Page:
With or without Perry, the U.S. contingent will be strong at Turnberry, and it signals once again that attitudes have clearly changed about participating in the Open Championship. Instead of it being regarded as a vague maybe on a player's schedule, players now risk criticism for not showing up.

Lucas Glover said he understands the weight of circumstances, but believes the Open is not just any tournament.

"It's one of the four majors, it's one of the four tournaments that a lot of careers are decided on," Glover, the recent U.S. Open Champion, said at the AT&T National. "A benchmark, if you will. So if you're eligible, I think 99 percent of us will go, unless there are extenuating circumstances, just because travel is easier, there are easier ways to get there now. So I think it's becoming a more popular deal to go."

Jim Furyk acknowledged Palmer's role in improving the status of the Open among the U.S. players.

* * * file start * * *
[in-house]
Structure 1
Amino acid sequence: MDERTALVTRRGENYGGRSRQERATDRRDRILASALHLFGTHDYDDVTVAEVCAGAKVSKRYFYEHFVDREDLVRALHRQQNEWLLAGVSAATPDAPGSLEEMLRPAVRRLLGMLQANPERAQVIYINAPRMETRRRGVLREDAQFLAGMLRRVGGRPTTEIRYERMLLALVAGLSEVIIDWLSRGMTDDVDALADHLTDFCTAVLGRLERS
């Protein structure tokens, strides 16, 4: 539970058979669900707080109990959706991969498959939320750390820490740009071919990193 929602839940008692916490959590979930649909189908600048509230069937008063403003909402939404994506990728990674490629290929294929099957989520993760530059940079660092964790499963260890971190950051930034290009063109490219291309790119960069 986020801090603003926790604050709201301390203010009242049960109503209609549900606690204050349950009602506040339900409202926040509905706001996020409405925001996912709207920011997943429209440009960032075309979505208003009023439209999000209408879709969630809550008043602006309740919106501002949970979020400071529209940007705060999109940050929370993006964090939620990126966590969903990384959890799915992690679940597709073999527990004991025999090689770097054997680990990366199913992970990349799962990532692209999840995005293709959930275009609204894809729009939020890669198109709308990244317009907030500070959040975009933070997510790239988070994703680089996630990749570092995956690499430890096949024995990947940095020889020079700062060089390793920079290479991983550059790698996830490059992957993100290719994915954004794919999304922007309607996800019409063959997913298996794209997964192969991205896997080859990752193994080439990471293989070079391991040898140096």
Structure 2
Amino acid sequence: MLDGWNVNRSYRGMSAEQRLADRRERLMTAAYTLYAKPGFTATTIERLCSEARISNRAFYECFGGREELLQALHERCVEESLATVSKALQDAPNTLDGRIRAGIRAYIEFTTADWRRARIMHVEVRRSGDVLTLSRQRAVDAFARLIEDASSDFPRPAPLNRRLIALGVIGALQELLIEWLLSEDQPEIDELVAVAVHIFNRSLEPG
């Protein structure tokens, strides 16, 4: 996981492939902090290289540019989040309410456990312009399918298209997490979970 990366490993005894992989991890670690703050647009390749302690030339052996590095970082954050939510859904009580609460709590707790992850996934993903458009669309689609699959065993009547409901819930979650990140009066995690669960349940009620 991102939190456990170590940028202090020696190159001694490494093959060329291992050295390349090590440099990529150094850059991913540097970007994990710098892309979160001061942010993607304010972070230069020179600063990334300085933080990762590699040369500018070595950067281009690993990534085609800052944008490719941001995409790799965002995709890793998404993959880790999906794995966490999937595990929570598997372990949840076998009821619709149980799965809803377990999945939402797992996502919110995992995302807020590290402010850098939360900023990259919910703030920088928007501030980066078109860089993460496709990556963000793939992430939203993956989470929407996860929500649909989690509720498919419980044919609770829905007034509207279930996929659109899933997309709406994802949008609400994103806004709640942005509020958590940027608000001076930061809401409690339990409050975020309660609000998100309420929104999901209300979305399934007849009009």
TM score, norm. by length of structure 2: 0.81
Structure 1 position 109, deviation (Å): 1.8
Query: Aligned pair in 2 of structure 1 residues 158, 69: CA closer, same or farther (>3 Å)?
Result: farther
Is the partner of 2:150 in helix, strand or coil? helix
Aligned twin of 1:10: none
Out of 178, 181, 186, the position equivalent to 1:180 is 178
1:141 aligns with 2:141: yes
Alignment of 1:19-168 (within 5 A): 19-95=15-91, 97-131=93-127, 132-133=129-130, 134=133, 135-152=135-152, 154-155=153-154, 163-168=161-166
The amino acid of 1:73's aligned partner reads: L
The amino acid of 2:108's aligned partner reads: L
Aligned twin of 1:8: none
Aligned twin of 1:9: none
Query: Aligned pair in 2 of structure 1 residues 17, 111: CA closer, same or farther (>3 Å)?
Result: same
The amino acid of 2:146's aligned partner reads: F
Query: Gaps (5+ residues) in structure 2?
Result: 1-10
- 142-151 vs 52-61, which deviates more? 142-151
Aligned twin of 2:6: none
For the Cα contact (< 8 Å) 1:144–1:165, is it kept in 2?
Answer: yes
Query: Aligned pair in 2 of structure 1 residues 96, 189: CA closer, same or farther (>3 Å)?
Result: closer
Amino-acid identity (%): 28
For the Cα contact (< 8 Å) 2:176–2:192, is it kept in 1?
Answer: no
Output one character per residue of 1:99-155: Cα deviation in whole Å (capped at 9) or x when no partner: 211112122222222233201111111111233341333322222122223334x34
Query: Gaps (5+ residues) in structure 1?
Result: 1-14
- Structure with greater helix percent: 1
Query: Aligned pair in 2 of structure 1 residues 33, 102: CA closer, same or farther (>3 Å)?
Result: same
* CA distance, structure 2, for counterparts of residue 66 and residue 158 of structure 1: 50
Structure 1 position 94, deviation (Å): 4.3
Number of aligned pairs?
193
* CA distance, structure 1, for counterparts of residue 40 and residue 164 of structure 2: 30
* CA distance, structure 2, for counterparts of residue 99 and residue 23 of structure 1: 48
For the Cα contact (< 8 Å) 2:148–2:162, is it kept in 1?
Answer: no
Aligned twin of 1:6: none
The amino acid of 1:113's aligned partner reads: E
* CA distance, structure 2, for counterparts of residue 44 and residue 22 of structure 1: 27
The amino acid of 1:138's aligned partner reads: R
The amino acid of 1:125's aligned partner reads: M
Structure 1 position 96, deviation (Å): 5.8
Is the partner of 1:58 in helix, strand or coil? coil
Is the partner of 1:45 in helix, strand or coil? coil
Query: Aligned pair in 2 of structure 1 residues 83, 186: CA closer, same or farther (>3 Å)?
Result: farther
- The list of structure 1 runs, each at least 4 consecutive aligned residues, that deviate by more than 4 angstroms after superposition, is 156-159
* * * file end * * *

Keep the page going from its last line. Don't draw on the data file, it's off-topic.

"He made it popular before my time," Furyk said at the AT&T National. "Do we have an obligation to go? In my opinion, as a major championship, if I have the opportunity to go, I'm going to go. You can't win if you don't show up. You only have a few opportunities in your career to win a major championship, so you want to try to take advantage of all those. All travel is bad, no matter where you go."

Watson wasted no words in expressing his opinion on the participation of U.S. players.

"Yes, everybody has an obligation to play in what I call the world Open of golf, the world Open Championship," he said.

As for Palmer, his 36-hole qualifying experience as a defending Open champion eventually led to a change in the rules. It took another 20 years for the PGA Tour to count the prize money from the British Open as official money, and that only added to the changing attitude players had toward commitments.

Palmer is proud of his role of something of a pioneer in "opening up" the Open.

"I kept playing, I kept bringing the message," he said. "I realized it was something that was very important to golf.

"In this day and age, I don't think there's a top player in the world who thinks the British Open isn't one of the most important tournaments in the world. Absolutely play it. It's not about the money or the travel or the weather. It's about careers. Nobody should forget that."